2. Materials and Methods
In this paper, we used actual 2016 and 2017 locational marginal prices (LMP) from PJM Interconnection (PJM), the Regional Transmission Organization that serves ComEd, to compare what perfectly rational EV drivers would pay to charge their vehicle on ComEd’s hourly pricing program with costs associated with the utility’s flat-rate energy price for both Level 2 and Level 3 DC fast charging. Illinois is the only US state that offers comprehensive, opt-in hourly pricing—where electricity rates vary by the hour, according to wholesale electricity markets—and ComEd participates in the large PJM wholesale electricity market, making it a good test case for the potential benefits of dynamic pricing. This analysis was performed using a model built in MS Excel. This model calculates the daily energy cost to recharge the EV battery for a given daily average mileage, using both ComEd’s flat-rate energy price and the Hourly Pricing Program, for each day in 2016 and 2017. The maximum achievable savings through optimized charging was then calculated as the total difference between these two charging costs over the two-year span.
We started by choosing three representative electric vehicles: The 2018 Toyota Prius Prime, the 2018 Chevy Bolt, and the Tesla 3 Long-Range. These vehicles offer a range of battery sizes, power efficiencies, and maximum A/C charging rates, and serve as good examples of products currently on the market, as shown in Table 1
In the next step, we chose off-the-shelf representative Level 2 and Level 3 chargers to estimate the maximum achievable charge rate (Table 2
Next, while the model was constructed to allow testing of any driving level, we picked four typical daily driving amounts to simplify presentation—15 miles (light driver); 30 miles (average driver); 50 miles (heavy driver); and 100 miles (Lyft/Uber driver) [16
]. In the end, then, we ran the model quantifying the results for twelve overall cells, shown in Table 3
With these assumptions in place, we calculated what EV drivers would pay to charge their car on ComEd’s flat-rate energy tariff to meet their daily driving needs. Because this tariff includes recovery of capacity costs and certain administrative costs, it was necessary to isolate the energy-supply only component of the flat-rate charge to allow for an accurate comparison with hourly pricing.
These Purchased Electricity Charges (PECs) were calculated by combining Illinois Power Agency (IPA) procurement results for the study delivery years, and taking the seasonal weighted average price of energy for each month [18
]. Daily flat-rate charges were determined by multiplying the total energy required for battery recharge by the prevailing PEC for that month.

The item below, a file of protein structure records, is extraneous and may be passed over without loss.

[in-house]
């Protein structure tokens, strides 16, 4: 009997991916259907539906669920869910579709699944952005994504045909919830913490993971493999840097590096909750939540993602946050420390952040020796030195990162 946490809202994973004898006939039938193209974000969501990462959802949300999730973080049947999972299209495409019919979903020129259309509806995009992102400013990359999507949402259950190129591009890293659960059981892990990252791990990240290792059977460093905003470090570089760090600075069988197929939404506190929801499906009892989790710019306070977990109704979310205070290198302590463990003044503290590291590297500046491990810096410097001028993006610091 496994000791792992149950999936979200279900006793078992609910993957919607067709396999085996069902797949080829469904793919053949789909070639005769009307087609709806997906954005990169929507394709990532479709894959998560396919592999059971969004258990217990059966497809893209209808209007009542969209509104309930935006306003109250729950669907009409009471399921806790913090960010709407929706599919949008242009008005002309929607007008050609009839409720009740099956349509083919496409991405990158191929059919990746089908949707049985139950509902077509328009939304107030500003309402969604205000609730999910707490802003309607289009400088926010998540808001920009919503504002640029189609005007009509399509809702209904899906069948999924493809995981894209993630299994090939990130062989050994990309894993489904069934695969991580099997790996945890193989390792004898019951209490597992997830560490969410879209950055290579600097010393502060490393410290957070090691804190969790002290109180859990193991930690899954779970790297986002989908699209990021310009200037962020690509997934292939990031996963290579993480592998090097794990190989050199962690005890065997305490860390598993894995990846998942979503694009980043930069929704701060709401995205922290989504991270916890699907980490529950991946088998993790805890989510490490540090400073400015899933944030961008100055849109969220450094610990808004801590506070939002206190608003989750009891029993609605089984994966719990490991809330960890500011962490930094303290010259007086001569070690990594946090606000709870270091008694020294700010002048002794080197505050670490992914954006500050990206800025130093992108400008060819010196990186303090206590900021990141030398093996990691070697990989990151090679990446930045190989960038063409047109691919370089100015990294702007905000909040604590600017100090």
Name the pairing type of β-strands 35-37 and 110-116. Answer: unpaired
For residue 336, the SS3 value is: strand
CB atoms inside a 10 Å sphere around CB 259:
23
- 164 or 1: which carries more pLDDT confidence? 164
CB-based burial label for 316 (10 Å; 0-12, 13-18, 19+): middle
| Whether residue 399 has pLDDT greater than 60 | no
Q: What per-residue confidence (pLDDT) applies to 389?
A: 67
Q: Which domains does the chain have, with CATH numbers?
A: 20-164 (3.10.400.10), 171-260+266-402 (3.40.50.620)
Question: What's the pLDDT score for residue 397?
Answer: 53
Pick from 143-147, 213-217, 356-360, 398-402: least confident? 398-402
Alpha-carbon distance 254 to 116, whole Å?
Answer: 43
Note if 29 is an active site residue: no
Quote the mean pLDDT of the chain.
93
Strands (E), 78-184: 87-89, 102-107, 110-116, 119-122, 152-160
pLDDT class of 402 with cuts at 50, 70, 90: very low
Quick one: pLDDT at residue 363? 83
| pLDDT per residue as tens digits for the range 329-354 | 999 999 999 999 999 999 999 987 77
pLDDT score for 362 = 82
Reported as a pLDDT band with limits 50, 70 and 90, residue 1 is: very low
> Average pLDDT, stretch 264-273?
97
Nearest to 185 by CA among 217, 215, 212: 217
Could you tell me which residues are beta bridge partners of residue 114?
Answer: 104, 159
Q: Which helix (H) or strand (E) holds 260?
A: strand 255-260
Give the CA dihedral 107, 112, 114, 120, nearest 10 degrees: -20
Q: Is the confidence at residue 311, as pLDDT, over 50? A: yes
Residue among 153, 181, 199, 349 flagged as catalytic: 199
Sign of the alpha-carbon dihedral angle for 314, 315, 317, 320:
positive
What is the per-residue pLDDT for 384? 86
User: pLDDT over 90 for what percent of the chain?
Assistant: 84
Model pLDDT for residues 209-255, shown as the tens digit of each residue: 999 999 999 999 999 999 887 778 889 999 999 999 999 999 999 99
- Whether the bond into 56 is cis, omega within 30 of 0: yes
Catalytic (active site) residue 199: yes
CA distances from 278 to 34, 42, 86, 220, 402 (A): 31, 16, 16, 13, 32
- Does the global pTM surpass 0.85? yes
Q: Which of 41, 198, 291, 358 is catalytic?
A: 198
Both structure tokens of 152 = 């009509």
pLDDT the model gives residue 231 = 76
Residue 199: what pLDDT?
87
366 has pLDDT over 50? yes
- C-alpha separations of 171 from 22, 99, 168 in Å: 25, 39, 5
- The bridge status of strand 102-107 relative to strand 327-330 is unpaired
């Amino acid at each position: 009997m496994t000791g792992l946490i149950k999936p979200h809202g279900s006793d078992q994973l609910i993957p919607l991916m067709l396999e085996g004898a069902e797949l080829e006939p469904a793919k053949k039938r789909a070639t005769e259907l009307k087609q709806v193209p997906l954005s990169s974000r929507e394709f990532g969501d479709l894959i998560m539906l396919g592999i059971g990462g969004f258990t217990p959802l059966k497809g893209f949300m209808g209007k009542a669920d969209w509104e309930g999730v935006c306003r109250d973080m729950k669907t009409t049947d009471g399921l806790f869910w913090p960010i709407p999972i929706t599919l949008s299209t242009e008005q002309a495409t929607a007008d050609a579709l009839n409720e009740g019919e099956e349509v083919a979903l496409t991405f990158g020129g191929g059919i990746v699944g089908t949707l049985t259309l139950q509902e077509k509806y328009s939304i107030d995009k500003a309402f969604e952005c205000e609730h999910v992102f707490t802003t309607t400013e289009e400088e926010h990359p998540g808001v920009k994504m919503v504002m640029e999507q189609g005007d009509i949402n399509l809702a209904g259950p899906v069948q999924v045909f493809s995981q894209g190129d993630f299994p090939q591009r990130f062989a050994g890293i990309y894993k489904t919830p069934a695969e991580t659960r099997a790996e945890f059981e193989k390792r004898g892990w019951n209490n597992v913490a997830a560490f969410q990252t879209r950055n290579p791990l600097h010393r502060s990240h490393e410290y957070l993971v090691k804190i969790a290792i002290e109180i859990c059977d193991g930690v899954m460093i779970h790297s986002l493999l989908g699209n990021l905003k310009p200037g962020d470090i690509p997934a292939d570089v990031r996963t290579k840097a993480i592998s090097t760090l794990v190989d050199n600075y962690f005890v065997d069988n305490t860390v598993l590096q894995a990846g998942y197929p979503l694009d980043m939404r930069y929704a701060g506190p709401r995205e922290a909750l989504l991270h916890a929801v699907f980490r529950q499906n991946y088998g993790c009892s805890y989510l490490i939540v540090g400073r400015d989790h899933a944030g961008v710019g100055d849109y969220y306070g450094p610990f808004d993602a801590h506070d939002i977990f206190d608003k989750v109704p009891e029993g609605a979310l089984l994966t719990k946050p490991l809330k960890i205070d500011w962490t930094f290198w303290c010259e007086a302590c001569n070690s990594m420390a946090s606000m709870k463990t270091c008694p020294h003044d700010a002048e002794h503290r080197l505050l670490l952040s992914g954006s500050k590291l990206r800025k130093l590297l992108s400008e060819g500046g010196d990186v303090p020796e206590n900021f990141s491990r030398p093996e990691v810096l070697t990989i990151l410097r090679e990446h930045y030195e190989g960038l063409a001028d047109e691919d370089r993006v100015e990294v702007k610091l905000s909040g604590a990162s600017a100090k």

Consumers on ComEd’s hourly pricing program are charged PJM’s real-time ComEd Zonal Residual LMP for their hourly volumes [19
]. To calculate the costs of charging vehicles on hourly pricing, we took the hourly prices for each day in 2016 and 2017 from PJM, and placed them in ascending rank order [20
]. Table 4
a and Table 4
b summarize the process for the week of 10–16 July 2017.
The required daily recharge consumption is determined by each vehicle’s kWh/mile drive efficiency, multiplied by the number of miles in a given driving scenario. As a plug-in hybrid electric vehicle (PHEV), the Prius Prime has a significantly smaller battery—for daily driving amounts above the electric only range it was assumed the battery was fully depleted.
For Level 2 charging, the hourly recharge consumption is equal to the vehicle’s maximum A/C charge rate, and the number of charge hours per day equals the required daily recharge consumption divided by the hourly charging rate. For Level 3 charging, the recharge rate depends on the charger’s rating, rather than the vehicles; in this case, the cars recharged at 50 kW per hour, for less than an hour, in all scenarios.
From this, an optimal daily charging amount was calculated as the sum of the minimal amount of charging consumption needed to meet daily driving needs multiplied by LMP during the required number of charging hours, starting with the lowest priced LMP hour and moving to the next rank-ordered LMP hour if necessary. More specifically, the respective vehicle’s kW charging rate was multiplied by the LMP for each day’s lowest-ranking LMP hours up to the total number of required charging hours less one, with the final hour being assessed the remaining kWh required.
DHC: Daily Hourly Charges ($): the dollar value of electric supply charges resulting from battery recharge under scenario and vehicle conditions using optimized hourly charging.